I defy anyone reading this to demonstrate how these arguments could not also be used to justify the election of a confirmed polygamist to be a bishop of The Episcopal Church, provided only that he sincerely answers "Yes" to the question: "Will you accept this call and fulfill this trust in obedience to Christ?"
The argument goes on for pages more, and uses every rhetorical trick that can be mustered. (Those who want to see for themselves can follow the link given above.) Is it any wonder that, given such blatant dishonesty to the word of God as expressed by the Apostle Paul, no one continues to defend this propaganda today, or to cite it as a rationale for what TEC is doing?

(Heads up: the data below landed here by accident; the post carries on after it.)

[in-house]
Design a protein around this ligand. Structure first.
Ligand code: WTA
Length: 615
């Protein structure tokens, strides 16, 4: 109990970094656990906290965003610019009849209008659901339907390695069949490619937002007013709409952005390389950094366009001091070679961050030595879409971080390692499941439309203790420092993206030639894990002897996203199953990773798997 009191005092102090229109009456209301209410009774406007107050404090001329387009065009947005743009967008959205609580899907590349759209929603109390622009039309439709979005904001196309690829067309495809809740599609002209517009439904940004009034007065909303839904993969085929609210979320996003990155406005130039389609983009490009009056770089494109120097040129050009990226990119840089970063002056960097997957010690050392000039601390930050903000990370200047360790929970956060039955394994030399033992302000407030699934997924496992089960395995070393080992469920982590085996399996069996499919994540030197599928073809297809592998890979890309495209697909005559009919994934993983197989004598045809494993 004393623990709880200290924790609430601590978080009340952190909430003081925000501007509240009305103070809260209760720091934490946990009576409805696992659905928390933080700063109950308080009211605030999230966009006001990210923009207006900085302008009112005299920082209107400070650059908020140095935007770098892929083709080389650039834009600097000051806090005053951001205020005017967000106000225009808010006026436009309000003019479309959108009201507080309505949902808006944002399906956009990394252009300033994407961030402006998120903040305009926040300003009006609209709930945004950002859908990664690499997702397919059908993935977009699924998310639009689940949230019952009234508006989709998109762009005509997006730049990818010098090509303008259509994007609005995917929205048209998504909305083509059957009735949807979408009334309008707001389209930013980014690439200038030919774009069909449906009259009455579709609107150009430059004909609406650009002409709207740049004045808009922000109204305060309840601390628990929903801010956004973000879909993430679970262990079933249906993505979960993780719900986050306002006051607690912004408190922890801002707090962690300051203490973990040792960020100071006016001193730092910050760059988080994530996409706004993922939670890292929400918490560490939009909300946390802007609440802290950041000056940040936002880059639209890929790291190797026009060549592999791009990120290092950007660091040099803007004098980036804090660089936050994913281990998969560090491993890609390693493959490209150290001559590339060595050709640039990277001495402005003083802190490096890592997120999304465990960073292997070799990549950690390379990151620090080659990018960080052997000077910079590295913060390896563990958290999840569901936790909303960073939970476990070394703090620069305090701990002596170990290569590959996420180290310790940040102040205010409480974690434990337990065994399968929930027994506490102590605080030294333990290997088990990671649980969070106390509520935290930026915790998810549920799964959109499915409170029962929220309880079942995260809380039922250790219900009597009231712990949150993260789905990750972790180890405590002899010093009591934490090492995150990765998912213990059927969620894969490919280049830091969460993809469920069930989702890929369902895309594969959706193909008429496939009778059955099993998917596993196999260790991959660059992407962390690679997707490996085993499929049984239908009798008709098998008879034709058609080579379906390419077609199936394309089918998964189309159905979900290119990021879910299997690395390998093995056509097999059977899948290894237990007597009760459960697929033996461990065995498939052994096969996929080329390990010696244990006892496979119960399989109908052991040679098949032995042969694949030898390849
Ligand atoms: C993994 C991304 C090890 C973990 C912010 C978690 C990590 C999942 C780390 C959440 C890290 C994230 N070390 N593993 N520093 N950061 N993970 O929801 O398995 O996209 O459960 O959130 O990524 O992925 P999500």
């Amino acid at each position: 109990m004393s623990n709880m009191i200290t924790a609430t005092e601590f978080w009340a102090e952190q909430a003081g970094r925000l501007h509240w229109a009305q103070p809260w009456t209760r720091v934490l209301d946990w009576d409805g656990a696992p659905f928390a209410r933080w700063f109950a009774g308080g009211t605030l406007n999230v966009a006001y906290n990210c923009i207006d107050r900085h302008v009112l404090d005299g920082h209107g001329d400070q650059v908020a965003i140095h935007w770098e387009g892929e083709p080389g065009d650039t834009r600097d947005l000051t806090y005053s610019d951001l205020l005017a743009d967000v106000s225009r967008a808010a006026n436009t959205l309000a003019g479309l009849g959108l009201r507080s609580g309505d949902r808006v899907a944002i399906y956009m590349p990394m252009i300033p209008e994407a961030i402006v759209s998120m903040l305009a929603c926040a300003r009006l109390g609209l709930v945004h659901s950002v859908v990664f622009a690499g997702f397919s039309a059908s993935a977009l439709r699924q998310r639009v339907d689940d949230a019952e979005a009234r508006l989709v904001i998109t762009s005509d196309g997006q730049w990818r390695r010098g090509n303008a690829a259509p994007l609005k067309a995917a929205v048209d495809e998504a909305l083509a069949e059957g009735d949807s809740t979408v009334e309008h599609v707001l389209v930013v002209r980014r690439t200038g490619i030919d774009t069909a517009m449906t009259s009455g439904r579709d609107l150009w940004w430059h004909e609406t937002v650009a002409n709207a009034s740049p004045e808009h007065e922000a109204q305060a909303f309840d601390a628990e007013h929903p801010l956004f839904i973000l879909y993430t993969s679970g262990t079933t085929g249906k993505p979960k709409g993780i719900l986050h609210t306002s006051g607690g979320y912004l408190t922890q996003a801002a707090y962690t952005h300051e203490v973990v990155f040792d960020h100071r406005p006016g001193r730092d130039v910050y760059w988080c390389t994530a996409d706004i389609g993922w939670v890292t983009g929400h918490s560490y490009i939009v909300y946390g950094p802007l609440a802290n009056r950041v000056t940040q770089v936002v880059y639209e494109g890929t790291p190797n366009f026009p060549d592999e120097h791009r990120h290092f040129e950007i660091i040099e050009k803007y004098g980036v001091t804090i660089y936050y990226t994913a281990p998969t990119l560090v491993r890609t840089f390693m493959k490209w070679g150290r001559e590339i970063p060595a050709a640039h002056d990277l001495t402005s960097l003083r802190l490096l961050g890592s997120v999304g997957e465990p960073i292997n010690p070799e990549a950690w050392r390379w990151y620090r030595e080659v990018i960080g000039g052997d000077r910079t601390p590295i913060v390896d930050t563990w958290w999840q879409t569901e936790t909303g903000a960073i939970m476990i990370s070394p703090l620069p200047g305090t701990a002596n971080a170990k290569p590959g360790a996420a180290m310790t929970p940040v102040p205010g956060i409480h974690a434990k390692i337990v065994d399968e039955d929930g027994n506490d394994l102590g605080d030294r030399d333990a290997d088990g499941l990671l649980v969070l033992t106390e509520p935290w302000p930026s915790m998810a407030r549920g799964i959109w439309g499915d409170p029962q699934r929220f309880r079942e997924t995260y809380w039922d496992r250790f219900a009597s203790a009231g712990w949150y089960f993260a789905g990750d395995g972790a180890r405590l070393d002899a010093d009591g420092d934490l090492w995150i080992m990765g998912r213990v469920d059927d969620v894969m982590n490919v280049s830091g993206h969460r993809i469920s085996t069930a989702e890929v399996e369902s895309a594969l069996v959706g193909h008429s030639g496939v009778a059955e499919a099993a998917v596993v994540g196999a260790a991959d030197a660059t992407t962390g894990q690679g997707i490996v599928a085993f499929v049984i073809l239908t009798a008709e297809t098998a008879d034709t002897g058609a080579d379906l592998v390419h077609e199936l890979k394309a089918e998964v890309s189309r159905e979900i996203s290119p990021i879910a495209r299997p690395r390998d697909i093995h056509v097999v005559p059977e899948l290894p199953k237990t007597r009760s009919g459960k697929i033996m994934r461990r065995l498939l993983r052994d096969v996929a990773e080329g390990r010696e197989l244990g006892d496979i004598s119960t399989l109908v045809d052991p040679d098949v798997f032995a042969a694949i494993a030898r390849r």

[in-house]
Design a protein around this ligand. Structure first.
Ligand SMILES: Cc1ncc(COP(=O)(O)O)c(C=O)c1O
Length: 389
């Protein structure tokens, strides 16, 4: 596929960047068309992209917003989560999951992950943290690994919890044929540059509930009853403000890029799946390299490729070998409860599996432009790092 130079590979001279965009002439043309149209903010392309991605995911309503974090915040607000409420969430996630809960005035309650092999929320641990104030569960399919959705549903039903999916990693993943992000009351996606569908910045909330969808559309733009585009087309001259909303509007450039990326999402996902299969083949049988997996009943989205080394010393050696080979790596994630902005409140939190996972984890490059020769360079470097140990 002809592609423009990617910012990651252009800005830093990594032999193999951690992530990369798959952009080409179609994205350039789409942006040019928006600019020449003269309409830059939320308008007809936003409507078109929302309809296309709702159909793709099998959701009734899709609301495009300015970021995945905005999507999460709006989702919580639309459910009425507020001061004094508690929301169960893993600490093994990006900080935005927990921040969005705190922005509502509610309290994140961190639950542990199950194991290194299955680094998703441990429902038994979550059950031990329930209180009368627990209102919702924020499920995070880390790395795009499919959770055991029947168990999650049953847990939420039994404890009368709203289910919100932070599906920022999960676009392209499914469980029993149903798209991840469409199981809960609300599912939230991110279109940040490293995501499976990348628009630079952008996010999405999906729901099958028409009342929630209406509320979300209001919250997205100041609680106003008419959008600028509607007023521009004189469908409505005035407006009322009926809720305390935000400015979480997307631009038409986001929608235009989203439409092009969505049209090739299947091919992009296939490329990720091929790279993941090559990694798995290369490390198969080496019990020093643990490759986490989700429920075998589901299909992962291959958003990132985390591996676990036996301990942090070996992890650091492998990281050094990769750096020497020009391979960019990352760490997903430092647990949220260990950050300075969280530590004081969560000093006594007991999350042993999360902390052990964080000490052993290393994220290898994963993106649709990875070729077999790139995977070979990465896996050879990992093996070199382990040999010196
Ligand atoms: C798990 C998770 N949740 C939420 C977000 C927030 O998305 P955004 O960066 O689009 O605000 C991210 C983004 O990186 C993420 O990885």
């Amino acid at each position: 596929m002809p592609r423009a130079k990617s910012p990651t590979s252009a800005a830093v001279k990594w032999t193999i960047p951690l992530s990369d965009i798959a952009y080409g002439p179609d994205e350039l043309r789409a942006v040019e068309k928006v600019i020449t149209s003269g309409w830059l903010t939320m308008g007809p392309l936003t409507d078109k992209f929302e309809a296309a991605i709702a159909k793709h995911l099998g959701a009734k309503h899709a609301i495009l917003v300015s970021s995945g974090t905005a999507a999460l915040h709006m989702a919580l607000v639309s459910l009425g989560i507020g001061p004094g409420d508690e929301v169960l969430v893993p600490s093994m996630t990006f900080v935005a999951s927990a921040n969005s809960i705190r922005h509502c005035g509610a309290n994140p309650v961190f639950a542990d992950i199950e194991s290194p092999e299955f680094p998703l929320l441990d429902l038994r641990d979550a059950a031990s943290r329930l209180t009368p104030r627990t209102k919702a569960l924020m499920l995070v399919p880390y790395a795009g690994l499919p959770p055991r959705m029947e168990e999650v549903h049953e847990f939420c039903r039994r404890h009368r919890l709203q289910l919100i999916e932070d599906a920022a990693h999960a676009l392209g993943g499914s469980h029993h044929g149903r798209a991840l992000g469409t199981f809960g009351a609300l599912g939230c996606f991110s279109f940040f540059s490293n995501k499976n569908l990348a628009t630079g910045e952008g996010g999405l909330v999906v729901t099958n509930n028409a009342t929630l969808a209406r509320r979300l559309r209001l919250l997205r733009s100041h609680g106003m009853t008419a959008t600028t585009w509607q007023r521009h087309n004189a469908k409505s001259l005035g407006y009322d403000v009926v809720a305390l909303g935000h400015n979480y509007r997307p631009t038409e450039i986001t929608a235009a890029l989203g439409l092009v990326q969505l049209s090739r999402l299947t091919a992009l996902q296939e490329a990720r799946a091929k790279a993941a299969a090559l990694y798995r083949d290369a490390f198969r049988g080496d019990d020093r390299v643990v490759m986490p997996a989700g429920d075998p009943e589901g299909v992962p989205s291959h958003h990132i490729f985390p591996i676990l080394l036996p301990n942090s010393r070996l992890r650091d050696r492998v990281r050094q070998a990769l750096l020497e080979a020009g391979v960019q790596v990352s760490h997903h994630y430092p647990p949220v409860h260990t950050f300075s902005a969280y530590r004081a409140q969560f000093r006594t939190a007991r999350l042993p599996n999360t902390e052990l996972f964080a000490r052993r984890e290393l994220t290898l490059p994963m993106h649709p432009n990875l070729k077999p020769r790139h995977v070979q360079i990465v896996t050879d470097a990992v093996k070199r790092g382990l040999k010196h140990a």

It all comes down to this: either The Episcopal Church honors the Anglican Communion by respecting the consensus of its bishops that Scripture plainly does not sanction the election as a bishop of those who serve as a model for the gay lifestyle, or it decides to walk apart, in pursuit of its ideals that contradict the Scripture it claims to honor and uphold. Like the authors of "To Set Our Hope on Christ," its bishops can resort to elaborate evasions that fail to engage those who study their Bibles and endeavor to apply its precepts in their own lives. They may be successful, for a time, in satisfying the self-indulgent cravings of those who cannot bother to go back to the source. Eventually, however, they will be swallowed up, along with their church, in the great Sea of Irrelevancy. For if Scripture can be so easily set aside, then what more substantial is there that could possibly take its place? Even if they are accompanied by all the pomp and ceremony in the world, babbled untruths are scarcely the rock on which a church may be founded.